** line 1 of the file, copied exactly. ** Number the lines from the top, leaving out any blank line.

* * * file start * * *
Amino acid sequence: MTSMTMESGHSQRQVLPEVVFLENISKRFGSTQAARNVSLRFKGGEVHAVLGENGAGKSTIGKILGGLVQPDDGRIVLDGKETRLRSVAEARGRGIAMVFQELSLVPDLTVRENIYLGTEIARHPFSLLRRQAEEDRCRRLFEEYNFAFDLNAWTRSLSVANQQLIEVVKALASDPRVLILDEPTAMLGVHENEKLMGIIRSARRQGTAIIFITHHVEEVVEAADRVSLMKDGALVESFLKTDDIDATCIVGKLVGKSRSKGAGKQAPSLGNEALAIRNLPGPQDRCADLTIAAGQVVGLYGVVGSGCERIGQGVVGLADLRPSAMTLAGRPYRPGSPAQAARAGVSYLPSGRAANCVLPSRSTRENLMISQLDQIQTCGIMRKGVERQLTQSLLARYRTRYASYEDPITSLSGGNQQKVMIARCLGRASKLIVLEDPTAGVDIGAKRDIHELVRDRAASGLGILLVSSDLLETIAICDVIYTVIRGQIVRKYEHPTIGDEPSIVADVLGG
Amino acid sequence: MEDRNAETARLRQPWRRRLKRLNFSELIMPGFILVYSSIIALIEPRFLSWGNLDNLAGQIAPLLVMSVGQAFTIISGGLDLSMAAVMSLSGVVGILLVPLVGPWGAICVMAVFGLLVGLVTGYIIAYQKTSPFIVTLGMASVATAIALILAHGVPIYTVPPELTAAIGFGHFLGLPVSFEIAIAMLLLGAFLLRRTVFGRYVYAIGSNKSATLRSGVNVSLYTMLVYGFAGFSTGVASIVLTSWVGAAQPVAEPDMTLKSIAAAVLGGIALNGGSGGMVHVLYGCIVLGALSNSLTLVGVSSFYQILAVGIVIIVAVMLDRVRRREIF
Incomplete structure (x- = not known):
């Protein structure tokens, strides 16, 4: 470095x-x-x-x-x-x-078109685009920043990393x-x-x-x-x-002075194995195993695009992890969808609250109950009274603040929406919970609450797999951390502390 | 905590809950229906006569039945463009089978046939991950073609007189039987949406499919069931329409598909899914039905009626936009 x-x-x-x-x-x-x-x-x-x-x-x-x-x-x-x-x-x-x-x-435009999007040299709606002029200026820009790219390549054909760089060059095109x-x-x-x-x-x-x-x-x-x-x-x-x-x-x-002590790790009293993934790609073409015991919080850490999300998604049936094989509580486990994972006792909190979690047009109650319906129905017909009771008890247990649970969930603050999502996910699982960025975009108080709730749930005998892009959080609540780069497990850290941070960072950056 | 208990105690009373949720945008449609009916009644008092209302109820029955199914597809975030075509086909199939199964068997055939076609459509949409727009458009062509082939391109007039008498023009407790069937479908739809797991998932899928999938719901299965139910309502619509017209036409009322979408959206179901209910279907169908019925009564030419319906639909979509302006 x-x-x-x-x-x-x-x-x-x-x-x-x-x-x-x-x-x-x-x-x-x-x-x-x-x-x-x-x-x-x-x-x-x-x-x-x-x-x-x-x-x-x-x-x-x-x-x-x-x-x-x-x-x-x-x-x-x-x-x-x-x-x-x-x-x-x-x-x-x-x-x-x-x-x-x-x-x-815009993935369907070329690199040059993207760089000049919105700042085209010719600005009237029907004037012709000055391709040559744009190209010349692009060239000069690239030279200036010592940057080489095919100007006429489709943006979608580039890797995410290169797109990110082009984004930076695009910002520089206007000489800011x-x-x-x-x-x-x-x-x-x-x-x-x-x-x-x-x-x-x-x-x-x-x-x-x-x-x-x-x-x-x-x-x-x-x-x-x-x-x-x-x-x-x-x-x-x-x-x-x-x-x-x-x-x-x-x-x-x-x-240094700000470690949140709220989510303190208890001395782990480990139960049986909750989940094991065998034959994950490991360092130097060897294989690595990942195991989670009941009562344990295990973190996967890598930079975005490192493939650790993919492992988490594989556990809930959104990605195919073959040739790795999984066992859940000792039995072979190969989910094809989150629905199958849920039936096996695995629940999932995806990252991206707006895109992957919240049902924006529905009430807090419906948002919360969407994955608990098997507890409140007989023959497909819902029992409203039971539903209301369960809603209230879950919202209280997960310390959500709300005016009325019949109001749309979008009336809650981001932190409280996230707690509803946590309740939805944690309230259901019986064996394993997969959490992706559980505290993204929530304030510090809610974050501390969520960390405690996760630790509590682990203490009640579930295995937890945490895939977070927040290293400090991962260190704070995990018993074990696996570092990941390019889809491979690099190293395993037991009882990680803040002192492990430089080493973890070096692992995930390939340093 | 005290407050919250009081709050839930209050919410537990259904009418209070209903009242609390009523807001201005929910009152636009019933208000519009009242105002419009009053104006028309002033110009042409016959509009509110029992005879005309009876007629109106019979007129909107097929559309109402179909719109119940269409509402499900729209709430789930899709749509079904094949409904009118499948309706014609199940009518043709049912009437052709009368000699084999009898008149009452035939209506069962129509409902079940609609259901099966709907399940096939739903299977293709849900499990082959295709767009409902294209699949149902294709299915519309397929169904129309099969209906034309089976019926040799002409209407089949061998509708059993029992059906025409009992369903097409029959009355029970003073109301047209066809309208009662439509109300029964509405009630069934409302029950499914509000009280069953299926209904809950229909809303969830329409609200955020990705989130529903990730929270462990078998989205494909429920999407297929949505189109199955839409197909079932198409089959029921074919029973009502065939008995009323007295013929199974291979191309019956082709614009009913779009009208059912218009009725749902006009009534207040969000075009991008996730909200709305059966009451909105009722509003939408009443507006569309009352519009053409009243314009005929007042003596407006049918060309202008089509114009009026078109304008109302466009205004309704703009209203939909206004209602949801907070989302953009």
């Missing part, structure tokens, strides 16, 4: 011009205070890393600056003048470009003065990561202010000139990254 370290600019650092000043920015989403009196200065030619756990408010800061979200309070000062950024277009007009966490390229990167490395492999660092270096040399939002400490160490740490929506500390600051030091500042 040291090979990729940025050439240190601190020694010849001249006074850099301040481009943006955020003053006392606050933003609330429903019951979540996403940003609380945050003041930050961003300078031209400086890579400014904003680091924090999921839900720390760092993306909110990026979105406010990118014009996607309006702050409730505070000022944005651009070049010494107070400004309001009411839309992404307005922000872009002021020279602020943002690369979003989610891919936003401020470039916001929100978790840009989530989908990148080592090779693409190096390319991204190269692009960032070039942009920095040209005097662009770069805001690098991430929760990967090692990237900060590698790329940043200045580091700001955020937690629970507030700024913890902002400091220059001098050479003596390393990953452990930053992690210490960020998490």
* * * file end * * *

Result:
Amino acid sequence: MTSMTMESGHSQRQVLPEVVFLENISKRFGSTQAARNVSLRFKGGEVHAVLGENGAGKSTIGKILGGLVQPDDGRIVLDGKETRLRSVAEARGRGIAMVFQELSLVPDLTVRENIYLGTEIARHPFSLLRRQAEEDRCRRLFEEYNFAFDLNAWTRSLSVANQQLIEVVKALASDPRVLILDEPTAMLGVHENEKLMGIIRSARRQGTAIIFITHHVEEVVEAADRVSLMKDGALVESFLKTDDIDATCIVGKLVGKSRSKGAGKQAPSLGNEALAIRNLPGPQDRCADLTIAAGQVVGLYGVVGSGCERIGQGVVGLADLRPSAMTLAGRPYRPGSPAQAARAGVSYLPSGRAANCVLPSRSTRENLMISQLDQIQTCGIMRKGVERQLTQSLLARYRTRYASYEDPITSLSGGNQQKVMIARCLGRASKLIVLEDPTAGVDIGAKRDIHELVRDRAASGLGILLVSSDLLETIAICDVIYTVIRGQIVRKYEHPTIGDEPSIVADVLGG